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I'm leaving some things (a suitcase and a computer) with a friend of a friend for a month, so I don't really know the person too well.

I have some sketchy feelings about leaving my stuff with them but there isn't really a choice (can't leave it at home and no storage facility nearby, and can't take it with me).

We're going to write a contract, but I'm just curious about what I can really do legally if he claims he never gave me something (like the computer) or I found out something I kept with him ended up damaged.

Is there something in the contract we can formulate so he's held responsible? What if he refuses to pay for theft/damages?

  • What consideration are you giving your friend of a friend for storing your items? If nothing, any contract is unlikely to be considered valid. If something, the consideration could be made dependent (or partially dependent) on safe return. – ItWasLikeThatWhenIGotHere Oct 24 '19 at 15:19
  • I'm paying him 30$ to keep my stuff in his room for the month. The conditions in the contract are that he needs to reimburse me if anything is damaged or stolen. But if something is damaged and he refuses to pay (tears up the contract) what can I actually do? What are the steps? – n_1 Oct 24 '19 at 15:57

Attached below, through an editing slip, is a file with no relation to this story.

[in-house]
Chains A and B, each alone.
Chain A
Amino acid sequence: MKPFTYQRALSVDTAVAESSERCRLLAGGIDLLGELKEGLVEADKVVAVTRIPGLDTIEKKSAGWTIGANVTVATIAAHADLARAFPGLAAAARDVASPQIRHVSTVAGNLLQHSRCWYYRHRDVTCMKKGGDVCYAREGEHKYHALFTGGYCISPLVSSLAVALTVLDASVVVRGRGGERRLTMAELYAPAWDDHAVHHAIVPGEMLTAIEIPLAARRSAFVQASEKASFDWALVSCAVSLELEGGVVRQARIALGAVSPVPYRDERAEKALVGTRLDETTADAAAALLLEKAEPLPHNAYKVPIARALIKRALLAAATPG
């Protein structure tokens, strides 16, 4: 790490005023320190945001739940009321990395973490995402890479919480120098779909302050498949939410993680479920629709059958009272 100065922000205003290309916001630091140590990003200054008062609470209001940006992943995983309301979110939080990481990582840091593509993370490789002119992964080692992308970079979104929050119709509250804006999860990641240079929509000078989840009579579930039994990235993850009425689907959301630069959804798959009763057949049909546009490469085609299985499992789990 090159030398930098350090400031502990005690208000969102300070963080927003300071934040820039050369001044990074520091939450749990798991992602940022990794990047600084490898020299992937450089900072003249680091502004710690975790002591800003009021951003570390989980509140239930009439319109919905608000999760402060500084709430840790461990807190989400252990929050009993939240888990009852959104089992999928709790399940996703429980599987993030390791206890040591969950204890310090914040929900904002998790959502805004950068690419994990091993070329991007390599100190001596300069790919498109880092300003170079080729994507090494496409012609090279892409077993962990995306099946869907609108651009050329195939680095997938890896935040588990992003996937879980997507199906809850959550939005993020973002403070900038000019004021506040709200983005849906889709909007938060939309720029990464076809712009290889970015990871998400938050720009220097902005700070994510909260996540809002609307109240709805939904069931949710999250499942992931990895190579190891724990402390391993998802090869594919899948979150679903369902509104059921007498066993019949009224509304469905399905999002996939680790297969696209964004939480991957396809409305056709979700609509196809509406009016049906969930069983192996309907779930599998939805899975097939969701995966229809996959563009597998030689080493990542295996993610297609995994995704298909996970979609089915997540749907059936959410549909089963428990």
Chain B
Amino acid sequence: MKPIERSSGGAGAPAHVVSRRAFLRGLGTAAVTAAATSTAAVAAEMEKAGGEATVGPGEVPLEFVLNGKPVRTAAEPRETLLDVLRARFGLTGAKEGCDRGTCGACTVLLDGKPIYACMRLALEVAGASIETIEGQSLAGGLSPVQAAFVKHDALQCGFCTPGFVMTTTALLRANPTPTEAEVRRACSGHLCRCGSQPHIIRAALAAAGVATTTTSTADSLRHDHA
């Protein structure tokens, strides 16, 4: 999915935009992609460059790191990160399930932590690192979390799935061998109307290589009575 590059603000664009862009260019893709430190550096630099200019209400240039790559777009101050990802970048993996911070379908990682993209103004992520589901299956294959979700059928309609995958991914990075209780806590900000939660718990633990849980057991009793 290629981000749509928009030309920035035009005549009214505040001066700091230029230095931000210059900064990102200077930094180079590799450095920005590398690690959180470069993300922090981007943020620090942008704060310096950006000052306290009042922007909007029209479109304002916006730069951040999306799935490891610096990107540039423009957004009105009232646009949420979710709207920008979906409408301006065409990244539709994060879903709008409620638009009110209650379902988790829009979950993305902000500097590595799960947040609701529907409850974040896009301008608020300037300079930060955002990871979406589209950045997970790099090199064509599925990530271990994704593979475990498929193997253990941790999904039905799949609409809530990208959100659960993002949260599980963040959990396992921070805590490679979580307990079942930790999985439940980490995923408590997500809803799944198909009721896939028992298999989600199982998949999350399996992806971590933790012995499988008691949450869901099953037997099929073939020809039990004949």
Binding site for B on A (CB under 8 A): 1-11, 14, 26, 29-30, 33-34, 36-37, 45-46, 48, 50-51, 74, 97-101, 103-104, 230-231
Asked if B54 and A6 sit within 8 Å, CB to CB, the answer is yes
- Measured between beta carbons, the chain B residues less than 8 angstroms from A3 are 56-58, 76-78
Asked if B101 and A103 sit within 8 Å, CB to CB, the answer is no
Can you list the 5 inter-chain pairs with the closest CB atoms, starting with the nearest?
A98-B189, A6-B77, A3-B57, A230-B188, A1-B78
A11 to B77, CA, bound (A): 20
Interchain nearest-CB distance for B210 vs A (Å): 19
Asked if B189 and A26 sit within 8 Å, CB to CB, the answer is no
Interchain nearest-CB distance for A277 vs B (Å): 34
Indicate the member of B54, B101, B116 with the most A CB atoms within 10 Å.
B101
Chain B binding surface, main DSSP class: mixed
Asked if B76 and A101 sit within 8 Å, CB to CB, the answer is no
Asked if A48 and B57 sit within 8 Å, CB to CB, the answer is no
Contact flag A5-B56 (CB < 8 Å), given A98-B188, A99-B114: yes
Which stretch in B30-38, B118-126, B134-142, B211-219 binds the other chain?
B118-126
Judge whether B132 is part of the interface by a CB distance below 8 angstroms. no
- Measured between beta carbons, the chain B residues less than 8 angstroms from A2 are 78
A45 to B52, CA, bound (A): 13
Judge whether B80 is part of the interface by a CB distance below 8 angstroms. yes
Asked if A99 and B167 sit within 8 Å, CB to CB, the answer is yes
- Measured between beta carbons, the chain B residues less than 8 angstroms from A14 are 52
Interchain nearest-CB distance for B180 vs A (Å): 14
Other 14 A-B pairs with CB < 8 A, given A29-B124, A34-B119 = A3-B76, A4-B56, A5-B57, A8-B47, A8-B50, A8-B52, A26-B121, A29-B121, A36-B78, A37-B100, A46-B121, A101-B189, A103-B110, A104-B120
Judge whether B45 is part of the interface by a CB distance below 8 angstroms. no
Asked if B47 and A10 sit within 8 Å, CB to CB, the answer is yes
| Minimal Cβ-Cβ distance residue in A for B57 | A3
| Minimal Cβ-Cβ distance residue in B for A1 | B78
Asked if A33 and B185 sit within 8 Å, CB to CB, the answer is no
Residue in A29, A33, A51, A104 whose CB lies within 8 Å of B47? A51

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The best thing to do is don't put yourself and your property into a sketchy position; find a legitimate ministorage business.

But failing that, have a clear, written contract with the friend of a friend for payment for services rendered, i.e. money for storage and safety of your property.

Is there something in the contract we can formulate so he's held responsible?

Write that he is responsible for the security of your property for the duration into the contract.

What if he refuses to pay for theft/damages?

Outright theft means filing a complaint with the police; but the local attorney may not prosecute for small amounts of property; in that case, you could go to small claims court (see below).

For property damage, your recourse is civil court, which probably means small claims court, depending on your jurisdiction. Google "small claims court" and your city/county to learn more about how to file a lawsuit. if you have a clear contract, evidence that you placed the property with the friend of a friend for safe storage, etc., you should prevail. Getting a monetary settlement from the person could be another matter.

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